The number of swine flu deaths worldwide passed the 10,000 mark about eight months after the pandemic strain was uncovered in April, reaching 10,582, World Health Organisation data showed Friday.
Early data suggested that the death rate had not worsened as the flu virus took hold in its most propitious territory, the northern hemisphere, in winter, the WHO indicated.
"As of 13 December 2009, worldwide more than 208 countries and overseas territories or communities have reported laboratory confirmed cases of pandemic influenza H1N1 2009, including at least 10,582 deaths," the WHO said.
In data for December 6 released a week ago, the death toll stood at 9,596.
Transmission of the A(H1N1) virus remains "active and geographically widespread" in the northern hemisphere but disease activity has reached a peak or is waning in many locations there, the UN health agency added.
Preliminary data from the northern hemisphere after a season of winter transmission indicated that the death rate was similar to the one observed in the southern hemisphere's winter earlier in the year.
"This would indicate that the overall severity of the pandemic has not changed," the WHO said.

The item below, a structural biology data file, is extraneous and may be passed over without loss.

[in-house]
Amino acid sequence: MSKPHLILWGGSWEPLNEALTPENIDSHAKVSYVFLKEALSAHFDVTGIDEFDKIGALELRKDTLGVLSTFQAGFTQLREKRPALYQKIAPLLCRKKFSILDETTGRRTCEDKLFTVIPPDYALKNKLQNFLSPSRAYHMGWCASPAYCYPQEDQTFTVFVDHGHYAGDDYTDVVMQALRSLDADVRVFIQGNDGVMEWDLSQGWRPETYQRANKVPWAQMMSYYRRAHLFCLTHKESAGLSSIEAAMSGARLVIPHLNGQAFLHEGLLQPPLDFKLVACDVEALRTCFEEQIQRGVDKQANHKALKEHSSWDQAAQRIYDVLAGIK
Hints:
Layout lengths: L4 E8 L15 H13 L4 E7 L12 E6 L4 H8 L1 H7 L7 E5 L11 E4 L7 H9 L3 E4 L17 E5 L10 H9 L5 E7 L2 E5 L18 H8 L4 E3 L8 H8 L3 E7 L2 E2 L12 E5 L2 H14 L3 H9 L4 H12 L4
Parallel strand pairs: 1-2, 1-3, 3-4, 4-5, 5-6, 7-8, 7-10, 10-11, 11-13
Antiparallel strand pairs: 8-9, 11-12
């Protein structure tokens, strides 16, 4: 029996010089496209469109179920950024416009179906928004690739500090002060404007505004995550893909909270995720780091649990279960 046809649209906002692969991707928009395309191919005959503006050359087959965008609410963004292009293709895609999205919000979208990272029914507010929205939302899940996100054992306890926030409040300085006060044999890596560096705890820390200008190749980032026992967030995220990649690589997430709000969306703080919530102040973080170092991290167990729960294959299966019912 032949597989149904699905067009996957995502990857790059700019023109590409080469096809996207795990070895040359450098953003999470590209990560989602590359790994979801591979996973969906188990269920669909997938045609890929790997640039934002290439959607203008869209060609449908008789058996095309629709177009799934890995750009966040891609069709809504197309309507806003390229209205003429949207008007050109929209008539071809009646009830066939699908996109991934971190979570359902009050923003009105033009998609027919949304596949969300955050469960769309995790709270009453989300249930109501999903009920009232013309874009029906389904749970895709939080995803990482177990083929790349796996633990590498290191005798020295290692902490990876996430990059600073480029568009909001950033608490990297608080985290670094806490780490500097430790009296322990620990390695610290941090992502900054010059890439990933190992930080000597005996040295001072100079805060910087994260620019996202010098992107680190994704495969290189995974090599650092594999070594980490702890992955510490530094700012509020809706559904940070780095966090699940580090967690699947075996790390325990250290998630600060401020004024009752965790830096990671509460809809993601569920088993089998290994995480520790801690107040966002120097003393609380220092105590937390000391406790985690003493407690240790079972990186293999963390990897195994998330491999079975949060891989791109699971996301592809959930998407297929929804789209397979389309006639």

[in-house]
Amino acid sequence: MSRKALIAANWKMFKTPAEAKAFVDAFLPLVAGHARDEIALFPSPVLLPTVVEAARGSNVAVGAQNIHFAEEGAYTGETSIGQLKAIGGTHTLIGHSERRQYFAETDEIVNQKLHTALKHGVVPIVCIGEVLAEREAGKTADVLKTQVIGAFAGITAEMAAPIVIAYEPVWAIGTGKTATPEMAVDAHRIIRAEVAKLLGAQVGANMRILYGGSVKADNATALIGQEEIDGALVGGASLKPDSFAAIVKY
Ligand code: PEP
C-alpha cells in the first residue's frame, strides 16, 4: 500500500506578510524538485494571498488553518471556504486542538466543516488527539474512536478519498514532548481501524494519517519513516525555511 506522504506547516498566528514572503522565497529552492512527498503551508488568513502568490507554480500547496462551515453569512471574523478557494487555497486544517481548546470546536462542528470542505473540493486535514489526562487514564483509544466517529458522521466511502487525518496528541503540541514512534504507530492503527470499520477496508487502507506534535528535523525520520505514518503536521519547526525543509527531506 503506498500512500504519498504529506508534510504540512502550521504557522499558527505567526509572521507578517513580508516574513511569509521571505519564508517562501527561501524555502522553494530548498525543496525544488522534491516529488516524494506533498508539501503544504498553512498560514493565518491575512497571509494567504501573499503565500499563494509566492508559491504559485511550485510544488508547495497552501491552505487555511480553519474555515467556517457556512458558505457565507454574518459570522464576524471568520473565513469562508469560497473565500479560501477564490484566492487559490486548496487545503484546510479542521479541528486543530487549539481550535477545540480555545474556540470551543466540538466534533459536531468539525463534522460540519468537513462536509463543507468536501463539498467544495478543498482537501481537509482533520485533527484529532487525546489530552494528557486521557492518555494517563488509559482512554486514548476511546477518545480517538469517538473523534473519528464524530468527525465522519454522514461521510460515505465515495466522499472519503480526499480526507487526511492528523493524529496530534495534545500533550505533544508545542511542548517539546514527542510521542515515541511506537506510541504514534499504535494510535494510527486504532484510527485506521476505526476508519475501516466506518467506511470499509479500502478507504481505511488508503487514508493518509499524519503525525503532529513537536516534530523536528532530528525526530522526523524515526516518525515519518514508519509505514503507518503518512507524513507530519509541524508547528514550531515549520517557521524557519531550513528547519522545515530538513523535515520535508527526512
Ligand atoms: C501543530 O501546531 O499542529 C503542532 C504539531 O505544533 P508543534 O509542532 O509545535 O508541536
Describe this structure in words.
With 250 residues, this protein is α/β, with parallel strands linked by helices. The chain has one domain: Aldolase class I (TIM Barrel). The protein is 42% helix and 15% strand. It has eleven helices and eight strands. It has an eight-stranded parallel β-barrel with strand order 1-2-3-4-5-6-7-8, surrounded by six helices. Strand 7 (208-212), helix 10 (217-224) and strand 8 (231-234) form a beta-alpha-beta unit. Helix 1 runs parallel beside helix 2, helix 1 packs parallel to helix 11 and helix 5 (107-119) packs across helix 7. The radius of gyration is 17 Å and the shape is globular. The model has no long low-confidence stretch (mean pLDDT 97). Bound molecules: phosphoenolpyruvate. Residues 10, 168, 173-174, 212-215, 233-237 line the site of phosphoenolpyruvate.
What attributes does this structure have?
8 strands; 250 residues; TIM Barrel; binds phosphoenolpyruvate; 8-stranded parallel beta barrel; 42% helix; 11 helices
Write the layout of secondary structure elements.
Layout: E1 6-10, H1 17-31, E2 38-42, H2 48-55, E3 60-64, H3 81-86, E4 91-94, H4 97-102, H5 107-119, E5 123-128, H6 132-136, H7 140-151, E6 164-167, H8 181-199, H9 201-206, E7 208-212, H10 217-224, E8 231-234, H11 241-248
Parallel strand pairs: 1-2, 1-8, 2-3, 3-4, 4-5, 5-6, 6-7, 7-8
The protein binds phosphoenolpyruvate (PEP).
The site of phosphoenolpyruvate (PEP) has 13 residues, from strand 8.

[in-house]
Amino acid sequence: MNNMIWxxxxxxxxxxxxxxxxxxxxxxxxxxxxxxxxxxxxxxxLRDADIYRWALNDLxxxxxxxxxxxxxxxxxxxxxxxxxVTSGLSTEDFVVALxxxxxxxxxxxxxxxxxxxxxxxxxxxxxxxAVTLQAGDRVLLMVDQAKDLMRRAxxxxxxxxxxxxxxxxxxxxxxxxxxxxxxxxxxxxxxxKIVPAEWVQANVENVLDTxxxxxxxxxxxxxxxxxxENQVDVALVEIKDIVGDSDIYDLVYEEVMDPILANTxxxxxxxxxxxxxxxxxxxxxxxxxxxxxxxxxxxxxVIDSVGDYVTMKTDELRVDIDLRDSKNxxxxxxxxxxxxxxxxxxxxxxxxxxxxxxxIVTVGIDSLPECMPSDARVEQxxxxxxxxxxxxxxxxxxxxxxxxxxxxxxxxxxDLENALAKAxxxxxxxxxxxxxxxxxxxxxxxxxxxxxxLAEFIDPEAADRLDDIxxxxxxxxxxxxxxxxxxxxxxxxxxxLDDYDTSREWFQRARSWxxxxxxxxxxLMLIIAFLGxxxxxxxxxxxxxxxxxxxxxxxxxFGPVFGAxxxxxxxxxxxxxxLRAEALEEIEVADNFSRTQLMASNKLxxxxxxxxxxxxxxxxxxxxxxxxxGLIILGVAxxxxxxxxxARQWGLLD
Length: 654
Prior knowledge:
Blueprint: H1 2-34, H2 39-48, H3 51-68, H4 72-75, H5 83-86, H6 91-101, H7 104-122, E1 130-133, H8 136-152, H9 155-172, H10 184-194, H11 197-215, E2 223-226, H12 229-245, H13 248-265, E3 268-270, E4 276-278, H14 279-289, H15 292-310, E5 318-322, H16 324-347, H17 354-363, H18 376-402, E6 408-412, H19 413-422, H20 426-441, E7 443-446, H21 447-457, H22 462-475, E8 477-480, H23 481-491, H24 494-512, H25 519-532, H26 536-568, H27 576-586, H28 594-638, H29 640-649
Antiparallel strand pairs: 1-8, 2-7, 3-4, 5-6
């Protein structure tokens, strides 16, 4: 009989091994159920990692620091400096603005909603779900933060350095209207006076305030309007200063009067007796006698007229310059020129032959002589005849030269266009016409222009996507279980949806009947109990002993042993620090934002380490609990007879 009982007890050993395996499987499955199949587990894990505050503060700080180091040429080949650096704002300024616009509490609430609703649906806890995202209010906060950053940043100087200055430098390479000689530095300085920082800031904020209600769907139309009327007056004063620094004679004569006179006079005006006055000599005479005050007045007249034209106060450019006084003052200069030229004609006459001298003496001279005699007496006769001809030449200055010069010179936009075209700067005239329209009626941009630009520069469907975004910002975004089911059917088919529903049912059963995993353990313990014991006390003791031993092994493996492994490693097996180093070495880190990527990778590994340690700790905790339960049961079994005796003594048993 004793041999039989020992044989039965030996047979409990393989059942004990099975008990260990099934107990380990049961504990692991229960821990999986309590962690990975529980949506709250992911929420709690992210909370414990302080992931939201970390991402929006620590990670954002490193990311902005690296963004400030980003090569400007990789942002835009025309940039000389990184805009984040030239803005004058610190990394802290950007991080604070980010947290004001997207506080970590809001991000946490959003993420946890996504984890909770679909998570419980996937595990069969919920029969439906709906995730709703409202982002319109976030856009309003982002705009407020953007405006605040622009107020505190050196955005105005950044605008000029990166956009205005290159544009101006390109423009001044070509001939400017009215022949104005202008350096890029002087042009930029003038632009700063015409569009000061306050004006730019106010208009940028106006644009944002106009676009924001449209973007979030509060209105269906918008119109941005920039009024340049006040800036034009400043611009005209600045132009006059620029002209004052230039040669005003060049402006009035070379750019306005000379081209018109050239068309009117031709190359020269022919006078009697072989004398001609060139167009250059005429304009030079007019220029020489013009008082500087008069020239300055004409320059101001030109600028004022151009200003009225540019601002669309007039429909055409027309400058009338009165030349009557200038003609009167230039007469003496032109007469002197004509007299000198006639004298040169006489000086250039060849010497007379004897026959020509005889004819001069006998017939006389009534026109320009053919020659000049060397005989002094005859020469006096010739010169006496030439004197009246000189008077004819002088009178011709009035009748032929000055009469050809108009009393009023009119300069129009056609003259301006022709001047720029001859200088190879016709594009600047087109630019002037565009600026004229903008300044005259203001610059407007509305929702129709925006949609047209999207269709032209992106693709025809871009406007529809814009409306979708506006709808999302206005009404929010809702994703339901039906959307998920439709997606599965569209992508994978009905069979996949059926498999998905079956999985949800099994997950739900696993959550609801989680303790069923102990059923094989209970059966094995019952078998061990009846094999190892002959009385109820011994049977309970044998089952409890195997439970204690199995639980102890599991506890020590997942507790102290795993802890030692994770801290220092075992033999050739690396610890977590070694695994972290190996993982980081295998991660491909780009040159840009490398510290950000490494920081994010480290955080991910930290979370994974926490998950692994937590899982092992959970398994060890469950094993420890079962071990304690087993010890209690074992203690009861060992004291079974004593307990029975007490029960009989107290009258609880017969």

At least 10 western and northern European countries reported a decline in disease activity but in four - Czech Republic, Estonia, Hungary, Montenegro and Switzerland - respiratory disease continued to increase or only levelled off.
High intensity was still reported in parts of south eastern Europe and Russia.
Swine flu was extending into Western and Central Asia, especially Kazakhstan and Kyrgyzstan, but was reaching a peak in Afghanistan, Oman, and Israel and also in parts of the Middle East.
The WHO said flu transmission was starting to decline in east Asia, including Japan, northern and southern China, Taiwan and Mongolia
But it was on the increase in south Asia - northern India, Nepal, Sri Lanka and the Maldives.
Only sporadic cases of pandemic flu were reported in the southern hemisphere.